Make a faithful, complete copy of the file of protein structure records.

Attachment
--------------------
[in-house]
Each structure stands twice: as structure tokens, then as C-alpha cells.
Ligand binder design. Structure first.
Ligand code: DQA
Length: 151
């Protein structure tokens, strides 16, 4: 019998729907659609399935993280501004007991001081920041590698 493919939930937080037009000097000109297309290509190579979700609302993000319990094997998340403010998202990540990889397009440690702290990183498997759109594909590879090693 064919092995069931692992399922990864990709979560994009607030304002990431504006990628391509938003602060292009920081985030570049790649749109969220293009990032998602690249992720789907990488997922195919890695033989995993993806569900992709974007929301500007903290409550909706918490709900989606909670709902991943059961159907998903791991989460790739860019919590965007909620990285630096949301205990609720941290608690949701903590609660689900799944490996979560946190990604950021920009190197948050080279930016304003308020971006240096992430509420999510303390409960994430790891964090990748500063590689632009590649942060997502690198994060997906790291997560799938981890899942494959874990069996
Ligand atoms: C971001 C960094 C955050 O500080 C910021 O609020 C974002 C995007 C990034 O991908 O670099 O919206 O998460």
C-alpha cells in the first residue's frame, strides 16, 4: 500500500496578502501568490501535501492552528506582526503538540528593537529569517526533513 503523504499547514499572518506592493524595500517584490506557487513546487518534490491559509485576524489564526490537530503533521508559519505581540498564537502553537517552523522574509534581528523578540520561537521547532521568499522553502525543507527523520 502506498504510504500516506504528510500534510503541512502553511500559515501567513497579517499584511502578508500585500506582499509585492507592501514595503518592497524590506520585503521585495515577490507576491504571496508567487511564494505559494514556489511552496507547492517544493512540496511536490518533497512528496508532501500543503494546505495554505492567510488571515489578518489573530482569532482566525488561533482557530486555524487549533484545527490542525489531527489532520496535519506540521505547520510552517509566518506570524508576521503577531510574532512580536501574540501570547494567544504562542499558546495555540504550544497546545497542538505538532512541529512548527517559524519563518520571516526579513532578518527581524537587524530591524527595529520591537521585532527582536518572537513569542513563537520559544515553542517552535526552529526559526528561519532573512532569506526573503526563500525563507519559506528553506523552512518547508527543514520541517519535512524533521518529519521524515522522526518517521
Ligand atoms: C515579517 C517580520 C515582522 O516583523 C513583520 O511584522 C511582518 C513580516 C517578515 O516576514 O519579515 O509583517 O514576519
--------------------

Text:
[in-house]
Each structure stands twice: as structure tokens, then as C-alpha cells.
Ligand binder design. Structure first.
Ligand code: DQA
Length: 151
């Protein structure tokens, strides 16, 4: 019998729907659609399935993280501004007991001081920041590698 493919939930937080037009000097000109297309290509190579979700609302993000319990094997998340403010998202990540990889397009440690702290990183498997759109594909590879090693 064919092995069931692992399922990864990709979560994009607030304002990431504006990628391509938003602060292009920081985030570049790649749109969220293009990032998602690249992720789907990488997922195919890695033989995993993806569900992709974007929301500007903290409550909706918490709900989606909670709902991943059961159907998903791991989460790739860019919590965007909620990285630096949301205990609720941290608690949701903590609660689900799944490996979560946190990604950021920009190197948050080279930016304003308020971006240096992430509420999510303390409960994430790891964090990748500063590689632009590649942060997502690198994060997906790291997560799938981890899942494959874990069996
Ligand atoms: C971001 C960094 C955050 O500080 C910021 O609020 C974002 C995007 C990034 O991908 O670099 O919206 O998460």
C-alpha cells in the first residue's frame, strides 16, 4: 500500500496578502501568490501535501492552528506582526503538540528593537529569517526533513 503523504499547514499572518506592493524595500517584490506557487513546487518534490491559509485576524489564526490537530503533521508559519505581540498564537502553537517552523522574509534581528523578540520561537521547532521568499522553502525543507527523520 502506498504510504500516506504528510500534510503541512502553511500559515501567513497579517499584511502578508500585500506582499509585492507592501514595503518592497524590506520585503521585495515577490507576491504571496508567487511564494505559494514556489511552496507547492517544493512540496511536490518533497512528496508532501500543503494546505495554505492567510488571515489578518489573530482569532482566525488561533482557530486555524487549533484545527490542525489531527489532520496535519506540521505547520510552517509566518506570524508576521503577531510574532512580536501574540501570547494567544504562542499558546495555540504550544497546545497542538505538532512541529512548527517559524519563518520571516526579513532578518527581524537587524530591524527595529520591537521585532527582536518572537513569542513563537520559544515553542517552535526552529526559526528561519532573512532569506526573503526563500525563507519559506528553506523552512518547508527543514520541517519535512524533521518529519521524515522522526518517521
Ligand atoms: C515579517 C517580520 C515582522 O516583523 C513583520 O511584522 C511582518 C513580516 C517578515 O516576514 O519579515 O509583517 O514576519